Phone hacking was widely discussed at Rupert Murdoch's News of the World, according to a reporter who was blamed as the sole culprit, contradicting repeated denials by senior executives and dragging Britain's prime minister back into the scandal.
In a letter written four years ago in an appeal against his dismissal from the tabloid, former royal reporter Clive Goodman said the practice of hacking was openly discussed until the then editor Andy Coulson banned open talk about it.
Coulson, who has repeatedly denied all knowledge of the practice, went on to become the official spokesman for Prime Minister David Cameron, a move which took the affair into the political arena and forced the government to turn on Rupert Murdoch after years of courting his favor.
This practice was widely discussed in the daily editorial conference, until explicit reference to it was banned by the Editor, the Goodman letter said. Other members of staff were carrying out the same illegal procedures.
Goodman, who was jailed in 2007 along with private detective Glenn Mulcaire, said he had been told he could keep his job if he agreed not to implicate the newspaper -- but was fired nonetheless after being sentenced to prison.
The committee investigating the hacking scandal said on Tuesday it would probably recall James Murdoch to give further evidence after receiving the Goodman letter and statements from other parties which contradicted his previous testimony.
When we have the further information that we are seeking, I think it is very likely that we will want to put those points to James Murdoch, said committee head John Whittingdale.
Tom Watson, the parliamentarian who has most doggedly pursued the scandal, told Sky News it could be months if not years before the full picture of what had happened at the newspaper emerged. If this letter is accurate, the whole foundation of the company's defense collapses, he said.
Allegations of widespread hacking at News Corp's British newspaper arm, and in particular reports that journalists had used investigators to hack into the voicemails of murder victims, sparked an uproar in Britain that dominated global headlines for almost the whole of July.
It forced the company to close the 168-year-old News of the World, drop its most important acquisition in decades -- the $12 billion purchase of BSkyB
Two of Britain's most senior police officers also quit over their failure to properly investigate the scandal and 12 people have since been arrested.
Jonathan Tonge, politics professor at Liverpool University, said Cameron's credibility had been damaged at a time when he is striving to fix what he calls Britain's broken society following riots and looting in a string of cities last week.
He's made a lot of worthy pronouncements about wanting to mend a broken society yet he's manage to appoint someone who presided over a paper that operated in the most amoral sense it's possible to conceive of, he said. That doesn't look good.
News International, the British newspaper wing of the News Corp media empire, did not deny the accusations made by Goodman.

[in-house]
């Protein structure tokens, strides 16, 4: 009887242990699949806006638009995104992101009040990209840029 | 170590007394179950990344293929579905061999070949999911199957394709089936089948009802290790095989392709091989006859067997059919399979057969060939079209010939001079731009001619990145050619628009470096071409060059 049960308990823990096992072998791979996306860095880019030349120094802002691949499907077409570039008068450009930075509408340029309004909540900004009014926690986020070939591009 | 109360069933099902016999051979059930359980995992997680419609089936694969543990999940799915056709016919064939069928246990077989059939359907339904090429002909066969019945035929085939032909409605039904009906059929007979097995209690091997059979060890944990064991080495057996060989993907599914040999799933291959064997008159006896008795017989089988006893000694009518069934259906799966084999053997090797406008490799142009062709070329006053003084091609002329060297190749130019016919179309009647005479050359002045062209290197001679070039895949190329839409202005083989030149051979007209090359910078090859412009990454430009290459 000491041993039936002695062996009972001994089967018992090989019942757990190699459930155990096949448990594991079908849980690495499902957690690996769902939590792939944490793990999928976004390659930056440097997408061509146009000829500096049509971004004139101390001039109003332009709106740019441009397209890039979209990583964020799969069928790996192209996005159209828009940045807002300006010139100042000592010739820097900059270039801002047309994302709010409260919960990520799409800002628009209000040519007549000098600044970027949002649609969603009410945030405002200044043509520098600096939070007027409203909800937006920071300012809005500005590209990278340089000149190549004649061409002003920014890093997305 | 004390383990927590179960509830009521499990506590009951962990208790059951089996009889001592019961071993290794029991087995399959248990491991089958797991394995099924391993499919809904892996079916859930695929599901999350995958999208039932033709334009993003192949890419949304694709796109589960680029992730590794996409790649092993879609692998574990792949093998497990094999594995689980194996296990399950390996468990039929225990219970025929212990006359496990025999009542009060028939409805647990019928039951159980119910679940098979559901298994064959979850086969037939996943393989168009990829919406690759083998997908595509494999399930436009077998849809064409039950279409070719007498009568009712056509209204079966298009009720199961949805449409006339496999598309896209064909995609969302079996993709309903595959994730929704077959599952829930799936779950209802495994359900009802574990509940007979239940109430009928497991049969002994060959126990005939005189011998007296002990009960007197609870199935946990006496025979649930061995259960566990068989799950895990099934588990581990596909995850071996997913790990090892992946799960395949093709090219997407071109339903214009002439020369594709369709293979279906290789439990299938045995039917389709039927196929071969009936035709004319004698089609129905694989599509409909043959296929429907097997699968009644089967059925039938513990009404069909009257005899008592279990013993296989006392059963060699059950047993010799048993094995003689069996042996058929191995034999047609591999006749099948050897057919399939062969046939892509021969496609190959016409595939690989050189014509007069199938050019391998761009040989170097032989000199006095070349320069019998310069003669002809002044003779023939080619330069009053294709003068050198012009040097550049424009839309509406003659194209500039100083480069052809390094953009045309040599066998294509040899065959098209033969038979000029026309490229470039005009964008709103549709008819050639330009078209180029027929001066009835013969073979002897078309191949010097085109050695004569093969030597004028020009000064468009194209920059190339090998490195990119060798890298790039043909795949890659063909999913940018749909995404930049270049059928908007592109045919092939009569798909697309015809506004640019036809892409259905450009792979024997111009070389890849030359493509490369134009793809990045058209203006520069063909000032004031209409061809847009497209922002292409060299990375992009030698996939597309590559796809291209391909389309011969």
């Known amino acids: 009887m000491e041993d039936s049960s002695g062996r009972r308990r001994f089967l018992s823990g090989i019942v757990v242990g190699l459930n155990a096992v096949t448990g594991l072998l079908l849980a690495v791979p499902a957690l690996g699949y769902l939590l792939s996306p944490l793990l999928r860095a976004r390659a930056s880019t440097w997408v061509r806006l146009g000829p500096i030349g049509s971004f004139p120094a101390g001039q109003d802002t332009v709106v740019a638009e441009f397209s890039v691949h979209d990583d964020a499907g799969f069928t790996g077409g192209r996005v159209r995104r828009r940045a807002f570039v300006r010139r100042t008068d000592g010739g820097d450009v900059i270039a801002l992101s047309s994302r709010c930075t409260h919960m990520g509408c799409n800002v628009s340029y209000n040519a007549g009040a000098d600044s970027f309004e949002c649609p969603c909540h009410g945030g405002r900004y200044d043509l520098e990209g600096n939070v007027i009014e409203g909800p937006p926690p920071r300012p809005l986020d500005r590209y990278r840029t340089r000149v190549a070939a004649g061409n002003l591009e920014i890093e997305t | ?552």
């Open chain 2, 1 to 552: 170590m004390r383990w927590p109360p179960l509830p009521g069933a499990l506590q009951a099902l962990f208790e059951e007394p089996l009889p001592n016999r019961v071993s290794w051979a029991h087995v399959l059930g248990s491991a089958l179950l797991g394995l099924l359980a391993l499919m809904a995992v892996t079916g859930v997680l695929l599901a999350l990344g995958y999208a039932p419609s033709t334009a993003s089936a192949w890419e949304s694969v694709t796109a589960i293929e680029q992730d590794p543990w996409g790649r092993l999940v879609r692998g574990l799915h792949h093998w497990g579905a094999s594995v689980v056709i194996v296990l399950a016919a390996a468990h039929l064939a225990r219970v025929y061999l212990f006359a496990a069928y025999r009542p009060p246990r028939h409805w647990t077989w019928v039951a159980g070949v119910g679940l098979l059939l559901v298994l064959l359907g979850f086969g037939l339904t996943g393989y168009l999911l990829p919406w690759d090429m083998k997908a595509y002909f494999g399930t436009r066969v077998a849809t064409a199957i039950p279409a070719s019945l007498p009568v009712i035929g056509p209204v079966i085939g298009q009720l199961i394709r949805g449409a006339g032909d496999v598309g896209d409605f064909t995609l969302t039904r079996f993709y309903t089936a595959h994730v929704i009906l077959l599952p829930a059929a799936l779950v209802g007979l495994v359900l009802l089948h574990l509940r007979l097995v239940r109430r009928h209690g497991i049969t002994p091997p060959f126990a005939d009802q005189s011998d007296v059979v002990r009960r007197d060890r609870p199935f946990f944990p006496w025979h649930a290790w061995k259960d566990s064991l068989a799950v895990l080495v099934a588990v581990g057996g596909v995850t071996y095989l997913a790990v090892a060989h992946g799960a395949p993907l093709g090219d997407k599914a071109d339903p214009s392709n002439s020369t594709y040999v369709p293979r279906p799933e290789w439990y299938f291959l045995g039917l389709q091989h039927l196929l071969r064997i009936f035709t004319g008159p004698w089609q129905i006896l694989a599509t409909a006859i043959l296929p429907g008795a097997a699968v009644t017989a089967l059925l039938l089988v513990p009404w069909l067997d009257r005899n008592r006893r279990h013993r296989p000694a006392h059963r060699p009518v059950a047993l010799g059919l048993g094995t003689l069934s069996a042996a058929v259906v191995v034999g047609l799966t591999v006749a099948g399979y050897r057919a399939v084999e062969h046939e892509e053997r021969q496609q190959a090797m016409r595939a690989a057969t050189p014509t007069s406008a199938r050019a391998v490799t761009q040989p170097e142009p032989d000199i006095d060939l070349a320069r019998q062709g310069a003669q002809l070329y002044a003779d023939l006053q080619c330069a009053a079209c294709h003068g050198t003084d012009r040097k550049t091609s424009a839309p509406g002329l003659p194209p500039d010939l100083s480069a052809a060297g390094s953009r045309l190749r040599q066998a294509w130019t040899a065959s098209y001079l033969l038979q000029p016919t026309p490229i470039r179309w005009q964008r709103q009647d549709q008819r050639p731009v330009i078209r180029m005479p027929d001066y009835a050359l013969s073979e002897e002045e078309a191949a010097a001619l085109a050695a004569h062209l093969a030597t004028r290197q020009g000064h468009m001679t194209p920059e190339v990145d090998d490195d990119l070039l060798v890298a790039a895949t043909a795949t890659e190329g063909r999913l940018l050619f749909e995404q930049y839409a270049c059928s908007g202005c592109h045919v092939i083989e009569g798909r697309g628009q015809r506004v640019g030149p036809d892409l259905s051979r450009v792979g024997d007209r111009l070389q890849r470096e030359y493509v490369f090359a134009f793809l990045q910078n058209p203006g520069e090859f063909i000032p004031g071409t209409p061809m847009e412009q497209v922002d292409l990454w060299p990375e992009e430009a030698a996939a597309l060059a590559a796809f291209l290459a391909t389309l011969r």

We recognize the seriousness of materials disclosed to the police and parliament and are committed to working in a constructive and open way with all the relevant authorities, it said in a statement.
The Goodman letter added to pressure on senior News Corp executives, after two former News of the World colleagues previously contradicted information given by James Murdoch when he and his father Rupert appeared before the committee in July.
The issue in dispute is how much James Murdoch knew about the hacking, in particular the scale of the problem, when he knew it and whether he was involved in a cover-up.
Murdoch said he had not been in possession of all the facts when he approved a large payout in 2008 to English soccer executive Gordon Taylor, who had his phone hacked.
However Tom Crone, News International's former top legal officer, and Colin Myler, editor of the News of the World until it was shut down in July, have disputed this, saying they had previously shown Murdoch a 2005 email which suggested that the problem was more widespread.
Whittingdale said on Tuesday the panel was likely to recall James Murdoch to help explain the differences that remained over the accounts of what had happened at the newspaper. He said 80-year-old Rupert Murdoch was unlikely to be recalled.
James Murdoch was not overseeing the newspaper when the alleged offences occurred but he has been accused of trying to bury the extent of the problem.
Critics have argued that the size of the payout, which was 10 times the record amount awarded in a privacy case at the time, was intended to buy Taylor's silence.
In his written response published by the committee on Tuesday, James Murdoch said Myler and Crone had not told him that any wrongdoing extended beyond Goodman and Mulcaire.
I did not ask for any evidence -- I was content to rely upon Mr Myler and Mr Crone, he said.
(Additional reporting by Mohammed Abbas and Michael Holden; Editing by Mark Heinrich)